We all knew the Atlanta Braves could pitch. Where in the world did this hitting come from?
Something unleased a fury in this team, and now they’re in the World Series.
The Braves posted the biggest blowout in postseason history, a 15-0 humiliation of the St. Louis Cardinals in Game 7 of the National League championship series Thursday night that completed a remarkable rally from a 3-1 deficit.
“This is incredible,” said John Smoltz, who will start Game 1 on Saturday night in New York against the Yankees. “No one expects this at this time of year.”
Pitcher Tom Glavine’s bases-loaded triple highlighted a six-run first inning, and 52,067 crazed fans spent the rest of the evening partying as the Braves earned a chance to defend their championship.
The Braves have reached four of the last five World Series, making it this time by outscoring the Cardinals 32-1 in three straight games. Atlanta outhit them 46-17 in that span, and the only run St. Louis scored came on a wild pitch.
“They’ve proved it to us,” Cardinals reliever Dennis Eckersley said. “They didn’t have to beat the hell out of us to prove it to us, that’s for sure.”
Eckersley might have had something to do with it.
Maybe it was his fist-pumping after a win in Game 4. Maybe it was knowing that St. Louis put champagne on ice. Maybe it was manager Bobby Cox’s little pep talk.
Whatever it was, it pushed the right buttons for the Braves.
“You wouldn’t expect this many runs from any team,” Cox said. “You would never imagine it. I thought every game here would be very tight, low scoring. A couple of balls fell, and then it just steamrolled.
“But when we were down (3-1), we felt like we could reel off three. You always worry, but there’s an awful lot of talent on this team,” he said. “We had a lot of confidence. Not only did we pitch well. We hit well, too.”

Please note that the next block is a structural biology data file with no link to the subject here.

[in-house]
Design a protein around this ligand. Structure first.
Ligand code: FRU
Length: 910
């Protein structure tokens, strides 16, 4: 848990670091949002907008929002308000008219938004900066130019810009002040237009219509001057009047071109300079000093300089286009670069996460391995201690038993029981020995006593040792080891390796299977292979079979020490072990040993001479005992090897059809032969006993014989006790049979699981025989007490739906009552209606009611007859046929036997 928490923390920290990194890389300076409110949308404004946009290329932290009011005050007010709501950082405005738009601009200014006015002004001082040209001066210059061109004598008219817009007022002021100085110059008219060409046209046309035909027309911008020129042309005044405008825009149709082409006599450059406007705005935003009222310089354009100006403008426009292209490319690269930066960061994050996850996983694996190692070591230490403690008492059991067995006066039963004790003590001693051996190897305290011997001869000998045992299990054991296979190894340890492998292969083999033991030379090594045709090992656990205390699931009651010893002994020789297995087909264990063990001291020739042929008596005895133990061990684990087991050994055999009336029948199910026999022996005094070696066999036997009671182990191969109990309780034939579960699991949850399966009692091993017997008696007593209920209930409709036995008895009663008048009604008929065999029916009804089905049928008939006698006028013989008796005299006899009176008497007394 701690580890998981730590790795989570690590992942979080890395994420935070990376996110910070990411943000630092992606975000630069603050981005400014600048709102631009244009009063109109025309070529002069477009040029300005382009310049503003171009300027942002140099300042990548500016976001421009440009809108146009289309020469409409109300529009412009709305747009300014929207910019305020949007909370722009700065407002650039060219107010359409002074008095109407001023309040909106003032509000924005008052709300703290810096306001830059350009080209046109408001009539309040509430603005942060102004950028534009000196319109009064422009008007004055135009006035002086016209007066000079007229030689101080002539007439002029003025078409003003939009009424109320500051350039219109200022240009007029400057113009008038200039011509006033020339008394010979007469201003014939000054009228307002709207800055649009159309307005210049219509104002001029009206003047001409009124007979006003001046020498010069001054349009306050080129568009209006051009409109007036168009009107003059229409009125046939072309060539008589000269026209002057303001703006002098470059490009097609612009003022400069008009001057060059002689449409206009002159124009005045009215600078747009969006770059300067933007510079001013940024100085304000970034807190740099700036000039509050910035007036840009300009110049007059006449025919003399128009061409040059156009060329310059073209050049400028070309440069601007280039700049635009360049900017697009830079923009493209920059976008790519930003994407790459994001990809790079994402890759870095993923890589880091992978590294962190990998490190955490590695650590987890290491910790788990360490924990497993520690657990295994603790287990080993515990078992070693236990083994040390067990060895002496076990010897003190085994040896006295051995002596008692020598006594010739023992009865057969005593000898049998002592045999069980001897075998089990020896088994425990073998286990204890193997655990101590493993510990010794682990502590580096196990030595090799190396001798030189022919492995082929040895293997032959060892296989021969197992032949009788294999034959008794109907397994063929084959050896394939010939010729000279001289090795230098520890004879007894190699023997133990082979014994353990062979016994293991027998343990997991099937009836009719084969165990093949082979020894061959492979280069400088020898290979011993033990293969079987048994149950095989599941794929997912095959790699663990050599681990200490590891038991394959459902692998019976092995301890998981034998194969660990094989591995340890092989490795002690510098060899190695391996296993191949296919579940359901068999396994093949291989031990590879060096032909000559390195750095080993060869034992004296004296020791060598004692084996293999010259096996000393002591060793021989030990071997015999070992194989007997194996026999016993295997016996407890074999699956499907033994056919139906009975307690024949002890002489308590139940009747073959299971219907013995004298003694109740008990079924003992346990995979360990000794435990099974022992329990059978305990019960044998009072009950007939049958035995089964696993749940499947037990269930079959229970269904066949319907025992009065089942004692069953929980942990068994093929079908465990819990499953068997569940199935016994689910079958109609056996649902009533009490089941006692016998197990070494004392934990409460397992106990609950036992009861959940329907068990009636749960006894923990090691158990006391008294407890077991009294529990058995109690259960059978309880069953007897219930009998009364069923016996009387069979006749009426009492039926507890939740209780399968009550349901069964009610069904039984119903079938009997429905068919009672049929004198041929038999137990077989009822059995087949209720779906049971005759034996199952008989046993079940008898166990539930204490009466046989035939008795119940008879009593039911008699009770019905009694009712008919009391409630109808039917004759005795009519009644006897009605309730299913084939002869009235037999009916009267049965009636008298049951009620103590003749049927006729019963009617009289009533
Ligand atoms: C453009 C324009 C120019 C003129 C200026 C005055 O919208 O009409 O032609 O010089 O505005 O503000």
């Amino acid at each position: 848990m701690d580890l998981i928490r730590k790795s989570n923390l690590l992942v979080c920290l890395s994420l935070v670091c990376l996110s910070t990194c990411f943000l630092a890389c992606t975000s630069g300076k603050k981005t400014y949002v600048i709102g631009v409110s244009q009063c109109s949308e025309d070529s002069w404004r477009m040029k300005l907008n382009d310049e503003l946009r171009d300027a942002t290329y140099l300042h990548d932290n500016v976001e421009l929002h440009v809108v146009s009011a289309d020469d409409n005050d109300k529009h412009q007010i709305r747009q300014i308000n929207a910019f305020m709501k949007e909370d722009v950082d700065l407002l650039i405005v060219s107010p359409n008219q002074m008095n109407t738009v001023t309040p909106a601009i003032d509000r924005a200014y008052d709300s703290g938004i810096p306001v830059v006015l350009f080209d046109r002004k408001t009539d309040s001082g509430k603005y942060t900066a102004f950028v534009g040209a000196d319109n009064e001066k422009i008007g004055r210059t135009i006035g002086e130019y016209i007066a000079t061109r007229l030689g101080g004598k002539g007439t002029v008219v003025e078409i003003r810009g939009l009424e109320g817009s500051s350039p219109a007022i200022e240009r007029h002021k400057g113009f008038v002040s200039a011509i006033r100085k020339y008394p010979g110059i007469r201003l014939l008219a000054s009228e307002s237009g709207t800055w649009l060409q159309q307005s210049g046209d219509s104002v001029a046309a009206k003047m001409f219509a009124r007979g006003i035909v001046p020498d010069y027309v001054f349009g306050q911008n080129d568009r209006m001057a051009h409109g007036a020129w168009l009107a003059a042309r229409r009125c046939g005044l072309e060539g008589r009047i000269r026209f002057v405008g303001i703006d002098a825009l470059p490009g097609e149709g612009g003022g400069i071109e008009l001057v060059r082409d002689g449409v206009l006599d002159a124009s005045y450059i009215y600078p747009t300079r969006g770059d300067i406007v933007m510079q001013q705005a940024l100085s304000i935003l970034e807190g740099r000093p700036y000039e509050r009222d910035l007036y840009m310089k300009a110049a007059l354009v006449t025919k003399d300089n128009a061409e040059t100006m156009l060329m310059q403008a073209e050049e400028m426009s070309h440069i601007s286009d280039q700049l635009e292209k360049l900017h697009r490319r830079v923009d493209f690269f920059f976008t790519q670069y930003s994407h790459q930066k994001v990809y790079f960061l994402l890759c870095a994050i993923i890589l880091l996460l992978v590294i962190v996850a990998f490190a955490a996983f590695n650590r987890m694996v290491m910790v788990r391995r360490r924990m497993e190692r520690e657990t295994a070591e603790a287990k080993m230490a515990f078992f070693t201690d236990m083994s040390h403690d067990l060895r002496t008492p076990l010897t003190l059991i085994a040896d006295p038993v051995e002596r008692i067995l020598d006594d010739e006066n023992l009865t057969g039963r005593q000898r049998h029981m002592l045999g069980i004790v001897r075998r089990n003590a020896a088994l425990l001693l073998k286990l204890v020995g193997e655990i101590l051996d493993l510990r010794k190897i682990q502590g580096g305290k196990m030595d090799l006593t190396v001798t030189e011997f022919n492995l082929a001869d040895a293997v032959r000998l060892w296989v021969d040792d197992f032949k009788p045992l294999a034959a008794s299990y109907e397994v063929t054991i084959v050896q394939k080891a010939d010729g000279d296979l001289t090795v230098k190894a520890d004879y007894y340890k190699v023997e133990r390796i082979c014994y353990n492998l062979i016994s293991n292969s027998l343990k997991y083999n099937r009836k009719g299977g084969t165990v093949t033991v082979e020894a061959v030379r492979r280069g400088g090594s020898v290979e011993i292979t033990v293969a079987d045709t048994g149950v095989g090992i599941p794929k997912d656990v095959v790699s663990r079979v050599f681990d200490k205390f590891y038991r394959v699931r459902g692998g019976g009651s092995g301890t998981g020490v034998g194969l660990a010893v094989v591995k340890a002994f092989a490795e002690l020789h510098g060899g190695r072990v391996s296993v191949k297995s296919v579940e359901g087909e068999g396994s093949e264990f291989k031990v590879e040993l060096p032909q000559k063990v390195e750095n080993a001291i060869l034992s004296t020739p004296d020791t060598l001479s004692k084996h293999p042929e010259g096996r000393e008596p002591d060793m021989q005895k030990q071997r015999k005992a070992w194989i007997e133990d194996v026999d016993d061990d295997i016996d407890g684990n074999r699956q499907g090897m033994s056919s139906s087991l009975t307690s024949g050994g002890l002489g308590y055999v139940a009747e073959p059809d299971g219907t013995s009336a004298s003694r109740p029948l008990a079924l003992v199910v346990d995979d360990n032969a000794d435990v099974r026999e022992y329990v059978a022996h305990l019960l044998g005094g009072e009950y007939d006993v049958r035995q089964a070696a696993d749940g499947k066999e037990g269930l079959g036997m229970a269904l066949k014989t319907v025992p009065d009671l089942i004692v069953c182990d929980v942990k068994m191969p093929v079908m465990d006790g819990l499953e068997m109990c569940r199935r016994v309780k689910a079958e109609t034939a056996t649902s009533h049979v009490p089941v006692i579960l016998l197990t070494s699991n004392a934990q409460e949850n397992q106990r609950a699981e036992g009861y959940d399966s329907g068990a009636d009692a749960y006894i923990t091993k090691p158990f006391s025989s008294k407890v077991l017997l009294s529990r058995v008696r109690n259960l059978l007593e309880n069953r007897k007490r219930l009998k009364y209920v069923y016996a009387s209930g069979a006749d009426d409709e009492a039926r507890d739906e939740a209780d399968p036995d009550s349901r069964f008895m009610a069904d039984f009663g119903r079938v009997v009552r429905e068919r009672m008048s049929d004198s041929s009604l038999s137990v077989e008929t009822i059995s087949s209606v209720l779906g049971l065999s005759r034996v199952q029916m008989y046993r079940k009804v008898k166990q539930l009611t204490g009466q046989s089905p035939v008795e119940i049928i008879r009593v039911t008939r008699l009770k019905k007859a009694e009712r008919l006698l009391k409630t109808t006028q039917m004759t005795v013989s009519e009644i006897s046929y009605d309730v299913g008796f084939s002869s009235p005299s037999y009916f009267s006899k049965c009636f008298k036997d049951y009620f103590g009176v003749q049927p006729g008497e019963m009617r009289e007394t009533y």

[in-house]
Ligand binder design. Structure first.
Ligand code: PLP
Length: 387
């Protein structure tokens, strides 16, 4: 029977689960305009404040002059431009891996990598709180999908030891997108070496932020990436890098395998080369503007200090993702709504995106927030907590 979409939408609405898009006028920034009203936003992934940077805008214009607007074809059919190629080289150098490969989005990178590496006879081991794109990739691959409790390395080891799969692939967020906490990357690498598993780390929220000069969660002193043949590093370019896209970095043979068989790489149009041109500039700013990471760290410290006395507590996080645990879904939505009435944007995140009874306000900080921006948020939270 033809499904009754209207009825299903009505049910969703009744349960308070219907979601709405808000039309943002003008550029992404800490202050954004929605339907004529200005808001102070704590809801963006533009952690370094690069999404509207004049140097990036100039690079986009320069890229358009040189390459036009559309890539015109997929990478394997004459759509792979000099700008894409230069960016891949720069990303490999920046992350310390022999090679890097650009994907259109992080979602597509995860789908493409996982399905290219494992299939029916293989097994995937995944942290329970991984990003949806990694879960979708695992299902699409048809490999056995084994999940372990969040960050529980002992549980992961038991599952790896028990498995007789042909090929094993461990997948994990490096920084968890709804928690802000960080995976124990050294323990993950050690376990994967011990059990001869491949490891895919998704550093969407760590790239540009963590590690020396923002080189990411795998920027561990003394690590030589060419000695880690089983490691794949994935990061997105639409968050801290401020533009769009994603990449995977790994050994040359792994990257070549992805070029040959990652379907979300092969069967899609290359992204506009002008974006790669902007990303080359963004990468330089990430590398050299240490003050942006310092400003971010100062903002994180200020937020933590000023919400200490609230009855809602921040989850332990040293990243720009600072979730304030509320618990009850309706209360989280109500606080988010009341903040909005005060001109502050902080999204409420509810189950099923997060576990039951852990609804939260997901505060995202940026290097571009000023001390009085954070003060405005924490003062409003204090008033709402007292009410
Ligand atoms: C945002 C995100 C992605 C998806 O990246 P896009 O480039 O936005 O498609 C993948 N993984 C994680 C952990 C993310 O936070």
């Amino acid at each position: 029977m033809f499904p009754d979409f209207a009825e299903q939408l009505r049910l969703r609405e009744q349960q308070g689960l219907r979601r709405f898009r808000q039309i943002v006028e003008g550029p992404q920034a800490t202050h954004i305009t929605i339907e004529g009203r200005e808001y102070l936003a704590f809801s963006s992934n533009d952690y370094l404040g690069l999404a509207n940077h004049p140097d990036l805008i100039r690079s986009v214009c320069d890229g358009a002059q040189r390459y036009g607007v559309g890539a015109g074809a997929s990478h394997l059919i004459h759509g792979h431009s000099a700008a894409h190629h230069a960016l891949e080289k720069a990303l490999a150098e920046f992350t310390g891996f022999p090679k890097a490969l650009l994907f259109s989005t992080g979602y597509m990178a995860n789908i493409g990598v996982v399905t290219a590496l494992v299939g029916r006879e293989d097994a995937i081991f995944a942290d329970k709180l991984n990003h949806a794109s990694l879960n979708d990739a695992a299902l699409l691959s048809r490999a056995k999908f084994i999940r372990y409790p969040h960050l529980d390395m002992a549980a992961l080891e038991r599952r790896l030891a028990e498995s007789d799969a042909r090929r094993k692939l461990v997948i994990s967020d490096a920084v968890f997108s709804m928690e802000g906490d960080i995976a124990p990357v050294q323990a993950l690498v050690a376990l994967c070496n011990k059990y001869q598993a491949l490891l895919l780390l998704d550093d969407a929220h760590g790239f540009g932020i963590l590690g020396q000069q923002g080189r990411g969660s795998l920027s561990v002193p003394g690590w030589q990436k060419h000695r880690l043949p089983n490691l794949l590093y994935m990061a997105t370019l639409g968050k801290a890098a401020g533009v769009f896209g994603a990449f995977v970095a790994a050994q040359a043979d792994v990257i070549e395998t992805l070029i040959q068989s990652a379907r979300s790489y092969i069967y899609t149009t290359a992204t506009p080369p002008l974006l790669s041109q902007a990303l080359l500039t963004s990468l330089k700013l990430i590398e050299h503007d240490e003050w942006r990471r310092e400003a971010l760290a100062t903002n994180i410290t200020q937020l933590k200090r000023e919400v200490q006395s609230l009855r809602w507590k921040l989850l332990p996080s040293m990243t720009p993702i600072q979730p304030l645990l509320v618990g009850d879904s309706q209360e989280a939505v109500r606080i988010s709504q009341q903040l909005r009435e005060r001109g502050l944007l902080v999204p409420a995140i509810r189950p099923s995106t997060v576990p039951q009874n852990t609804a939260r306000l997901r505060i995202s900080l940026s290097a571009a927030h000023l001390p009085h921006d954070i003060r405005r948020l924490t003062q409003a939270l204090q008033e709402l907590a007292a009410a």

After Atlanta good-luck charm Francisco Cabrera threw out a first ball - and before the fans broke into singing “New York, New York” - Glavine shut out St. Louis on three hits over seven innings. He got support from two-homers by NLCS MVP Javy Lopez, Fred McGriff and Andruw Jones - at 19, Jones surpassed Mickey Mantle as the youngest player to connect in a postseason game.
“The loss stings a lot because of the type of game it was,” Cardinals manager Tony La Russa said. “A lot of guys are bothered by it.”
Glavine finished off the Cardinals to even his career postseason record at 7-7.
“I don’t think we expected to dominate like this,” Glavine said. “Fourteen runs one night, 15 the next, you don’t expect that.”
The Braves became the eighth team out of 48 to overcome a 3-1 deficit, and the first ever to do it in the NLCS.
St. Louis had never lost an N.L. playoff series, going 4-0 until running into Atlanta.
They also added to their legacy of playoff comebacks - they won the last two games of the 1991 NLCS to beat Pittsburgh, then came back the next year to defeat the Pirates in Game 7 when Cabrera’s two-out, two-run single capped a three-run rally in the bottom of the ninth inning.
“What happened this year against the Cardinals, that wasn’t new for us,” said Lopez, who hit .542 (13 for 24) in the series.
xxxx World Series schedule All games on Fox (*-if necessary) Saturday: At New York, 5:01 p.m. Sunday: At New York, 4:30 p.m. Tuesday: At Atlanta, 5:15 p.m. Wednesday: At Atlanta, 5:18 p.m. Thursday: At Atlanta, 5:15 p.m.* Oct. 26: At New York, 5:01 p.m.* Oct. 27: At New York, 4:35 p.m.*